Growth Hacking Myths #1 : Growth hacking is marketing done cheap

It’s no surprise that growth hacking is very much alike marketing especially when you consider its put out there by a marketer (Sean Ellis). But the very reason why it’s not the same thing is explained by the man himself: 
“After product-market fit and an efficient conversion process, the next critical step is finding scalable, repeatable and sustainable ways to grow the business.  If you can’t do this, nothing else really matters. So rather than hiring a VP Marketing with all of the previously mentioned prerequisites, I recommend hiring or appointing a growth hacker.”
 
Okay, this in not yet another “let’s put up a quote about the topic and try to convince readers it’s correct” kind of post. So, if you are not sharing his thoughts or don’t believe it proves anything; keep reading.
 
The truth is the ‘concept’ of Growth Hacking did not take off by what Sean said. Yes, the guy who invented the term was and is great at what he does and by being the ‘father’ of the term he started all this buzz. But the real acceptance started after that. Early adopters of the industry started talking about this concept. Then it sky-rocketed when Andrew Chan helped us clarify Sean’s perspective. So, the big shots and smart ones in the industry said “Hey, this is a whole new collection of existing skills and process which creates a system”.
 
That is how we got to having this explanation of the term on wikipedia:
“Growth hacking is a process of rapid experimentation across marketing funnel, product development, sales segments, and other areas of the business to identify the most efficient ways to grow a business.”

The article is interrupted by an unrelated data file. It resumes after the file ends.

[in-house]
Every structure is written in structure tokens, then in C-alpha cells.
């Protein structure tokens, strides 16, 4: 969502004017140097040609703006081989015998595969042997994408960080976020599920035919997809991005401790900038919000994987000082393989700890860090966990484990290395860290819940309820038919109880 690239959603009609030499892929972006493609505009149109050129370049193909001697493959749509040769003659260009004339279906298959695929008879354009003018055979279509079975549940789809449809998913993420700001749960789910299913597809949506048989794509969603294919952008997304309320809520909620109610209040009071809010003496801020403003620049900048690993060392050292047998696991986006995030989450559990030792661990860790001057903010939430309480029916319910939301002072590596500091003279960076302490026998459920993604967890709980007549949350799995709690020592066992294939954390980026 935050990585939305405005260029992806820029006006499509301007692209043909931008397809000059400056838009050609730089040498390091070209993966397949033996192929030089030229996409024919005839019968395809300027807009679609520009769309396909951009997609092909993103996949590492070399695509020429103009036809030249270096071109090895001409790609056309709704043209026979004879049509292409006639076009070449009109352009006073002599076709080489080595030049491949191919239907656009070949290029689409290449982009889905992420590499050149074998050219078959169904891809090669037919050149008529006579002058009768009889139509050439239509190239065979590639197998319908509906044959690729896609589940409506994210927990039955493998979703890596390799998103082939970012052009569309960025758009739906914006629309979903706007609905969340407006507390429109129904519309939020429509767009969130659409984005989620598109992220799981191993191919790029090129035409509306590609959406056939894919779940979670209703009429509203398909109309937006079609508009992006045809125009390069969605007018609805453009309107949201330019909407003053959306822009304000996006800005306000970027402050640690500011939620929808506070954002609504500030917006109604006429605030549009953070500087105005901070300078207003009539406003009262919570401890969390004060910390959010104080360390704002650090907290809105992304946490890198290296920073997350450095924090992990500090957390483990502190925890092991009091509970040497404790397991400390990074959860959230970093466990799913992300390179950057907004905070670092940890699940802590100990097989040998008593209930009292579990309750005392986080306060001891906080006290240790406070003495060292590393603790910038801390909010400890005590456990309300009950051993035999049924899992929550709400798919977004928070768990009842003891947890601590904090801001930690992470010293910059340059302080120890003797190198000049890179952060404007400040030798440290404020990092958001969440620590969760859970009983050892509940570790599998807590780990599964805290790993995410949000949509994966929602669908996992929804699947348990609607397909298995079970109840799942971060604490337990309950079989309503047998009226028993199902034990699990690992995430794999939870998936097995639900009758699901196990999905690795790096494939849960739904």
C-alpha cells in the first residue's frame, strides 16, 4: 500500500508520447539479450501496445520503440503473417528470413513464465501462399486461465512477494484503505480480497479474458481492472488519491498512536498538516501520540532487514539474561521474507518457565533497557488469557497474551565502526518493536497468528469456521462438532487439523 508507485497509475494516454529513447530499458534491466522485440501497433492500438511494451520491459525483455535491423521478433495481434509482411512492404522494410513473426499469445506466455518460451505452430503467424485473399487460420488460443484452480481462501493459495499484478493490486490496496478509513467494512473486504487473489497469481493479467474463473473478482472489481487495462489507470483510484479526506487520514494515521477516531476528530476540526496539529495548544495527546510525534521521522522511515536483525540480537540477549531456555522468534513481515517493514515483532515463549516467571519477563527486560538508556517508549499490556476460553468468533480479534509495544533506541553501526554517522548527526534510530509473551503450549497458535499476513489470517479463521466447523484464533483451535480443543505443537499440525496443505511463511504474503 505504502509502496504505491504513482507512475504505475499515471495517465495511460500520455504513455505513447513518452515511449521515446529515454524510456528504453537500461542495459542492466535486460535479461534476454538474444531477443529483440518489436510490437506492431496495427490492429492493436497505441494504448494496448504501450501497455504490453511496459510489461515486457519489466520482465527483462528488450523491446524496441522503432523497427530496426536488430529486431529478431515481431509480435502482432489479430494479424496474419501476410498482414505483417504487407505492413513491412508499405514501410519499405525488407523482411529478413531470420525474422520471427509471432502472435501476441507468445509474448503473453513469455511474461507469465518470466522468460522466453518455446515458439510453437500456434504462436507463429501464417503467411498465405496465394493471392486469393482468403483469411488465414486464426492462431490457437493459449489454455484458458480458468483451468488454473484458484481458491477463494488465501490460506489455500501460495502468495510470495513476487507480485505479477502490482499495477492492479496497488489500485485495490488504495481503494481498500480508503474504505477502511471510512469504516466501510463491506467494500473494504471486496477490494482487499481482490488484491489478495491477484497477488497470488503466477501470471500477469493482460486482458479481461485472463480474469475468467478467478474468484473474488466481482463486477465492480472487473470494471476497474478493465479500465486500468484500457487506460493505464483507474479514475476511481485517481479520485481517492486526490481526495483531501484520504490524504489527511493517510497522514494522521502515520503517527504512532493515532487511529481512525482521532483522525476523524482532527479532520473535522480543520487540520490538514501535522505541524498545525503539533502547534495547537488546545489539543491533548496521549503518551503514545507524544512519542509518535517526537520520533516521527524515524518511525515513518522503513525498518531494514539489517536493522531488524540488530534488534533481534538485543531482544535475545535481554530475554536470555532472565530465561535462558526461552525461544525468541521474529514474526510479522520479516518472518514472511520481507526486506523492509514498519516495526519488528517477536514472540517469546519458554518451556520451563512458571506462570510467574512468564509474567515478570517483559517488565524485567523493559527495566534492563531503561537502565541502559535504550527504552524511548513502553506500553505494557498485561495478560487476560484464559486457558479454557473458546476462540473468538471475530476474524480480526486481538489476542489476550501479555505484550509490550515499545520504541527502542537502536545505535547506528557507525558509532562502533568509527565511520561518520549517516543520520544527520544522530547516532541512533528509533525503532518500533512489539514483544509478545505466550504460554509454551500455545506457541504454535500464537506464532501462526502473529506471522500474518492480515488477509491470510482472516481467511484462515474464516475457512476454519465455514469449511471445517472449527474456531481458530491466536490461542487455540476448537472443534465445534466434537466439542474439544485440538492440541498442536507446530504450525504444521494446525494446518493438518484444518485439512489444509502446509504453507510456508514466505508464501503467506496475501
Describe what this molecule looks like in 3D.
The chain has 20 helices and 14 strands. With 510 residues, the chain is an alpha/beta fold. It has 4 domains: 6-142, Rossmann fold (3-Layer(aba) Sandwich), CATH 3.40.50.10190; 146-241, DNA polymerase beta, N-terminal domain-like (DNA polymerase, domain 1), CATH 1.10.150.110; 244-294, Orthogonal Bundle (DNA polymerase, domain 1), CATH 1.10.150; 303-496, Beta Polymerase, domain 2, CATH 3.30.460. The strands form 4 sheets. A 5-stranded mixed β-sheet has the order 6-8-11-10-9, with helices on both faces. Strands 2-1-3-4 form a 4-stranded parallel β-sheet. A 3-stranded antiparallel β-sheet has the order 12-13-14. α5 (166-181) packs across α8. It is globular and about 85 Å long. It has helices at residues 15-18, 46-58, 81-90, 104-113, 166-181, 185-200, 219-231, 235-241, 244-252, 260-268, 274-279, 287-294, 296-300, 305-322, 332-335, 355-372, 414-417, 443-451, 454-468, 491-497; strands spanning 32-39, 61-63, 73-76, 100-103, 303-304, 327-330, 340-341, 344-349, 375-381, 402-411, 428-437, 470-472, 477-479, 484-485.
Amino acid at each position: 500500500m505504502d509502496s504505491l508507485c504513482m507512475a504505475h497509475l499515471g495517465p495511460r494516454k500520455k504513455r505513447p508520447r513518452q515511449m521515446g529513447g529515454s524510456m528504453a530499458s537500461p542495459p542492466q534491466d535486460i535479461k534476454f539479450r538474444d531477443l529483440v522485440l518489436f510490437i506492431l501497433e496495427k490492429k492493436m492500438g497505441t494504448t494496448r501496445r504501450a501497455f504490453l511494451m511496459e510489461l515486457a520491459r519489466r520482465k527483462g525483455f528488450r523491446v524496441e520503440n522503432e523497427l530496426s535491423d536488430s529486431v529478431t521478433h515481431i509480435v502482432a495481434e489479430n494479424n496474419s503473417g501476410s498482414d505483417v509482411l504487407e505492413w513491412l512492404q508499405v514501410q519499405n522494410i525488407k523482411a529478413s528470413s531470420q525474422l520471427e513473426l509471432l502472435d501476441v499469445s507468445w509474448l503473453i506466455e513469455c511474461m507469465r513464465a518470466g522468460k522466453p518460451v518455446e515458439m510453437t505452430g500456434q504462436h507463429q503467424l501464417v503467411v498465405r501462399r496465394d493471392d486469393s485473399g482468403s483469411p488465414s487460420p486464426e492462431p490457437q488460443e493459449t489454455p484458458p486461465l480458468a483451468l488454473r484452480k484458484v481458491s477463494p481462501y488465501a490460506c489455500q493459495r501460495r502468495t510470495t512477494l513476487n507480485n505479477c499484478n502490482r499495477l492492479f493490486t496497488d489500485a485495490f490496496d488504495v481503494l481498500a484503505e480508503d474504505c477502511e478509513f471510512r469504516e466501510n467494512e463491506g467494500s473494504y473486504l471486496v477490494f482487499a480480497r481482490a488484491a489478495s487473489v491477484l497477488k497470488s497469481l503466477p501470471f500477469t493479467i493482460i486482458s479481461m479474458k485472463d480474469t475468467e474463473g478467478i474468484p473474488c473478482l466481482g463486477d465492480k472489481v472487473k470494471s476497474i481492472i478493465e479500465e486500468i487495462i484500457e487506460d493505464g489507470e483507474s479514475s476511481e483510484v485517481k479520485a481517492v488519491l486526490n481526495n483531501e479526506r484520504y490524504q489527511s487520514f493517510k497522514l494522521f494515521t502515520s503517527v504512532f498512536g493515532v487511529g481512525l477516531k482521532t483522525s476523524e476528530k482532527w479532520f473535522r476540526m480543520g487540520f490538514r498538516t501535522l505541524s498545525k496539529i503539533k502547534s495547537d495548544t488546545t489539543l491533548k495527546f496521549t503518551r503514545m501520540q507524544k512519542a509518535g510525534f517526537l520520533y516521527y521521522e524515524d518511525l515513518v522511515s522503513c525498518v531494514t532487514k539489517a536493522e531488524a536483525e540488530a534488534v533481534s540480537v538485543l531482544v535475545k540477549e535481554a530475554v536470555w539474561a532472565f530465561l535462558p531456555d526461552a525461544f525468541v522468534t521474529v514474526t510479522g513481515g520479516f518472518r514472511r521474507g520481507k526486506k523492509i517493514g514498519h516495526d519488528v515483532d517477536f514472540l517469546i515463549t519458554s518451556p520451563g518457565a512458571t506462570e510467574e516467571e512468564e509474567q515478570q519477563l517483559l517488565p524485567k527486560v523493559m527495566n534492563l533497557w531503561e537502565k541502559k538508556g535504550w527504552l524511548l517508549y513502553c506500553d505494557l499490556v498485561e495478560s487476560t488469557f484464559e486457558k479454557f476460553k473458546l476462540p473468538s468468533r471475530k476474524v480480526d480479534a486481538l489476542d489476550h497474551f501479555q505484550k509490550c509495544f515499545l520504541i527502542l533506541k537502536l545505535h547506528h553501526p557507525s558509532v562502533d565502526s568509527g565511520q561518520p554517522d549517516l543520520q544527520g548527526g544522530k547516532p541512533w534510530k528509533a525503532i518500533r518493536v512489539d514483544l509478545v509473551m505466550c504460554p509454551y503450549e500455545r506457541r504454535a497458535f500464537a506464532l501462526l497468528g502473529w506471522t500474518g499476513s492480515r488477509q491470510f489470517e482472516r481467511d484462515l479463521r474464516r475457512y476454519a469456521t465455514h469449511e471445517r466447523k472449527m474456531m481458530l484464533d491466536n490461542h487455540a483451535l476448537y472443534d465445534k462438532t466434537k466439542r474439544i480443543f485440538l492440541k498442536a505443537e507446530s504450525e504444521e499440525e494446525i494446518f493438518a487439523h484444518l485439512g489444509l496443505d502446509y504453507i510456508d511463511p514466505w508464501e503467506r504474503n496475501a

So in short yes it includes marketing skills and tasks even requires it in most cases. But you need more than that. You need a product mindset, a business management mindset, a technical perspective that can save time and money. You need to be able to understand the full AARRR metrics and thrive on more than one of them. The acquisition part doesn’t cut it.
 
Of course, -like any new term- Growth Hacking got it’s part of ” this is facebook/google/instagram/etc. marketing because well that’s what i’m doing” spin off’s.  This happened to SEO when it came out as people thought it was ‘getting links’ because that’s what they were used to. Now, it’s a standalone discipline with tons of practices without a doubt. I believe this is what’s going to happen to Growth Hacking.
 
Slowly but steadily the industry will understand that Growth Hacking is a system, it’s a way of doing things with a clear set of targets. Rather than bag of tricks or updating your bids on adwords (not that these cover what marketing is. Only referring to those who think this way). At least it’s a thousand percent more than that. It’s a mindset.
 
Do you agree? or Don’t you? Leave a comment and let’s discuss further.